Throughout Rone’s long musical career, few things have remained as constant as his desire to try out new things. The producer has collaborated with heaps of France’s most distinguished contemporary minds, each from a different corner of the arts; the writer Alain Damasio, the Marseilles Ballet group, (LA)HORDE and film directors Jacques Audiard and Frédéric Farrucci, to name a few. This incredible versatility, also core to his four studio albums to date, is after all what has distinguished Rone as one of the most exciting acts in the electronic music scene and bestowed him high honours such as a Cesar and Cannes Film Festival award for best film score, and a Prix des Indés in the live category. With his new album L(oo)ping, Rone pushes his dazzling acrobatics further with music that twirls and twists alongside the orchestra under maestro’s Dirk Brossé baton.
The story of L(oo)ping, like that of any great leap, began with trepidation. Even for Rone, who’s used to making bold moves, the orchestra had always seemed a step too far. “For someone like me, who’s self-taught, I felt an inferiority complex in relation to scholarly music,” says Rone. Luckily, the composer and arranger, Romain Allender was there to break the ice. Allender, who has for many years worked beside Alexandre Desplat on several renowned scores (The Grand Budapest Hotel by Wes Anderson and The Shape of Water by Guillermo del Toro amongst others), was an early fan of Rone’s music, detecting in the producer’s sound a palette akin to that of the orchestra. The two firstly worked together on the 2017 piece, Motion alongside Les Siècles, a collaboration that not only sealed their friendship but also opened a new world for Rone, one in which orchestra and electronics conversed with a playful fluidity and harmony. “It was Romain who really built the bridge between this acoustic world and mine”.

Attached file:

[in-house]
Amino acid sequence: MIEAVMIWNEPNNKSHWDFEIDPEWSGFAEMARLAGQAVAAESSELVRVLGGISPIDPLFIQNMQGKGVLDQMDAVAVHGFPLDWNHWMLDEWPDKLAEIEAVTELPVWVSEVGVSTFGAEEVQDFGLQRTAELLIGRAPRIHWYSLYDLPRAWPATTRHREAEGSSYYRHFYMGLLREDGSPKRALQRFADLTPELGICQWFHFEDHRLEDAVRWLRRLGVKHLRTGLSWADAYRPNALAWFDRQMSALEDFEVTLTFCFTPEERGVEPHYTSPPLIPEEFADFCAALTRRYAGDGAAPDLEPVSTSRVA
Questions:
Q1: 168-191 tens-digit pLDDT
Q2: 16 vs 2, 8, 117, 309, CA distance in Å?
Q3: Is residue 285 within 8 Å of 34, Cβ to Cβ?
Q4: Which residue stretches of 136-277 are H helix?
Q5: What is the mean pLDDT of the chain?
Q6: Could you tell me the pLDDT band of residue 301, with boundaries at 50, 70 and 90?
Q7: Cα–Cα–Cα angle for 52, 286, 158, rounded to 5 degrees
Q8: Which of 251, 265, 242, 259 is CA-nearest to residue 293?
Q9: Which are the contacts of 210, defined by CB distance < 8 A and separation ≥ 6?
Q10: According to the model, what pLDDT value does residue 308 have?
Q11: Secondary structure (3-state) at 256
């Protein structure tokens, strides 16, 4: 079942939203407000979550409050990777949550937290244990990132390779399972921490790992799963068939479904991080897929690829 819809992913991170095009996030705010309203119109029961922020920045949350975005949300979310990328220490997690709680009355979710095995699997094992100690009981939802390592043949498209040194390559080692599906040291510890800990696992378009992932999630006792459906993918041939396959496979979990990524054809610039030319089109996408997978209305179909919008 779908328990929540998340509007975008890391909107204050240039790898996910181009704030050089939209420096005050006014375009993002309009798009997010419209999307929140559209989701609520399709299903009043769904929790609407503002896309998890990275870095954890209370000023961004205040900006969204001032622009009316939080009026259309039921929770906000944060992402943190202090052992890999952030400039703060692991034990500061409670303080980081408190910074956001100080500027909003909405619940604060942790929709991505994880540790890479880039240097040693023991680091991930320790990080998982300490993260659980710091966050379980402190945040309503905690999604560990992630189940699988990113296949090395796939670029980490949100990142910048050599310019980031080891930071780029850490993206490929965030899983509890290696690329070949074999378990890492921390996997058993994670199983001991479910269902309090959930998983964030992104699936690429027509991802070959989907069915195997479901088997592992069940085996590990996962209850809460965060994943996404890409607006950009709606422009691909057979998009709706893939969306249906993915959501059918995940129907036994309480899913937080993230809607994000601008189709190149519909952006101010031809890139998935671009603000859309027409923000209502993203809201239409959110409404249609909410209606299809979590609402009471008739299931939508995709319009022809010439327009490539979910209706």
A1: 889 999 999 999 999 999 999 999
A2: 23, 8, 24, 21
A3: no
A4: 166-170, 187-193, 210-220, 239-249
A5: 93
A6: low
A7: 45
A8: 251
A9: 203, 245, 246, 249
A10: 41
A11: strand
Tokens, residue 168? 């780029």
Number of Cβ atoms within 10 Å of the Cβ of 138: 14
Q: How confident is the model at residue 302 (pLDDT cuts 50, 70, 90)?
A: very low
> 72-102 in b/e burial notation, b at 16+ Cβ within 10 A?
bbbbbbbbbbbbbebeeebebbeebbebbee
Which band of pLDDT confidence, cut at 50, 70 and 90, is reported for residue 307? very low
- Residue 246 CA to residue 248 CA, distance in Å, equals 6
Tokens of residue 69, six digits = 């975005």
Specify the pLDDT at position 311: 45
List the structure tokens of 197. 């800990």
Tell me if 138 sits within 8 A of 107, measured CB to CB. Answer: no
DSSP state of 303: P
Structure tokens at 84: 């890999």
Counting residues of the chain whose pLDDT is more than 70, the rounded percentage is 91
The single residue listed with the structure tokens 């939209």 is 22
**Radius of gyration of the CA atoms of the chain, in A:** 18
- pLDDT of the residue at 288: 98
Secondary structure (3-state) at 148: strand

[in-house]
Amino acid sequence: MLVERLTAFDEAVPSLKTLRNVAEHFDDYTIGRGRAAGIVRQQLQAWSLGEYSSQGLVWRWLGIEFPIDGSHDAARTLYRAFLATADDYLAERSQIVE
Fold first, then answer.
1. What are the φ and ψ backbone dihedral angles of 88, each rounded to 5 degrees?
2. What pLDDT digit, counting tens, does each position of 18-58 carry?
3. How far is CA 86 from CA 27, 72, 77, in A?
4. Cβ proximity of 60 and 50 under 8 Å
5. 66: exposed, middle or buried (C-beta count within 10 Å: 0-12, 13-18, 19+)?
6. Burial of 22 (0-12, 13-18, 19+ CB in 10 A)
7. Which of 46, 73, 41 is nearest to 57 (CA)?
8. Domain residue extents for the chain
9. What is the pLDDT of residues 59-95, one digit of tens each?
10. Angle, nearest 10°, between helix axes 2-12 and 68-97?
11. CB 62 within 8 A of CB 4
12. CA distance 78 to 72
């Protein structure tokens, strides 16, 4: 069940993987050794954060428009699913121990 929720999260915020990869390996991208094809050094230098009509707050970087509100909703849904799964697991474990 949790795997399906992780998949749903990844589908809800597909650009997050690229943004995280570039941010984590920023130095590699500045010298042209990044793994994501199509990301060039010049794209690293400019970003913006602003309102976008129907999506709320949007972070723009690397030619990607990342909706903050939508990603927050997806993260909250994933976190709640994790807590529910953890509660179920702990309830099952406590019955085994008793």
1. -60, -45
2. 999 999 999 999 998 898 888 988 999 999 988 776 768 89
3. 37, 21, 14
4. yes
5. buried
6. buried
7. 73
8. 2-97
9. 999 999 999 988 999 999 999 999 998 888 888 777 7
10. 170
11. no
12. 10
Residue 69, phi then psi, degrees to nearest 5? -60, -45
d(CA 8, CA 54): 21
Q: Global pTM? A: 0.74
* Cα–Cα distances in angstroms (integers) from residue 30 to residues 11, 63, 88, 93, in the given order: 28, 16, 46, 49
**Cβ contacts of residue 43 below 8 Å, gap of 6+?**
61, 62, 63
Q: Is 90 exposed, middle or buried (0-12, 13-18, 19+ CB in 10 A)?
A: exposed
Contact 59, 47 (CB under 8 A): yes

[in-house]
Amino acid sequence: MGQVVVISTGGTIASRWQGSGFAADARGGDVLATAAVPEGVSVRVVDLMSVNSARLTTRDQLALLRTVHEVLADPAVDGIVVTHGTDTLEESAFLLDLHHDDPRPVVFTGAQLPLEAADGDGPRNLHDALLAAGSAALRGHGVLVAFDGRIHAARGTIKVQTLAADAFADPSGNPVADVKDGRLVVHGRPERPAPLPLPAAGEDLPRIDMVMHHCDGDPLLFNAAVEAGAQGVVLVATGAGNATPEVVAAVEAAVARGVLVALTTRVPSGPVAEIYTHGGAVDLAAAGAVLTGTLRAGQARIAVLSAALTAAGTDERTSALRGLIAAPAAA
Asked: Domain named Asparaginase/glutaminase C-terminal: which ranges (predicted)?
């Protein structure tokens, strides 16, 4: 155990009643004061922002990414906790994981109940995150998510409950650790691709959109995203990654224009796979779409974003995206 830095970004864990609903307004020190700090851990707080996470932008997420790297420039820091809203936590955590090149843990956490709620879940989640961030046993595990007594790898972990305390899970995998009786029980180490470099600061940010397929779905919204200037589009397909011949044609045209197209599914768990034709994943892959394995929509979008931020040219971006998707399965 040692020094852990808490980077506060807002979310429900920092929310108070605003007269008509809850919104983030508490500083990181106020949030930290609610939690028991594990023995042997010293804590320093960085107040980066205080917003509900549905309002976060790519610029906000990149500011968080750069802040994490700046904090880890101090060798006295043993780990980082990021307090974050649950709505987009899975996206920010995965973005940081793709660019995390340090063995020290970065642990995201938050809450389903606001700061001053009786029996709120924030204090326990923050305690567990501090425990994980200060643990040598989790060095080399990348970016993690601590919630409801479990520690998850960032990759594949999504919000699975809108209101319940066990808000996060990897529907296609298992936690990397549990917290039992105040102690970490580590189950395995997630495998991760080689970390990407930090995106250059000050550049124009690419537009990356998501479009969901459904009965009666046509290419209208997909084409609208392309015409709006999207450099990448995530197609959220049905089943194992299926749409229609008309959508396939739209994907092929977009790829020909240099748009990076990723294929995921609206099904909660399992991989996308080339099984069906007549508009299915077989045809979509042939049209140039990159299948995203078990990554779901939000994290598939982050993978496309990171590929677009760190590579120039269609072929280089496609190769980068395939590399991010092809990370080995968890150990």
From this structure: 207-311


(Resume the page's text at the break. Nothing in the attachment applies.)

In front of a two-thousand-strong audience, L(oo)ping was brought to life twice last year in Lyon. The set-up of the stage mirrored the powerful symbiosis of the music; the orchestra facing the audience, and just behind them, Rone – his eyes meeting those of Brossé in a captivating duet. The album is born from the live recordings of those two evenings, both bookended by standing ovations, but the music will continue its journey through Europe, starting with further two, already sold-out, performances at the Philharmonie de Paris this summer.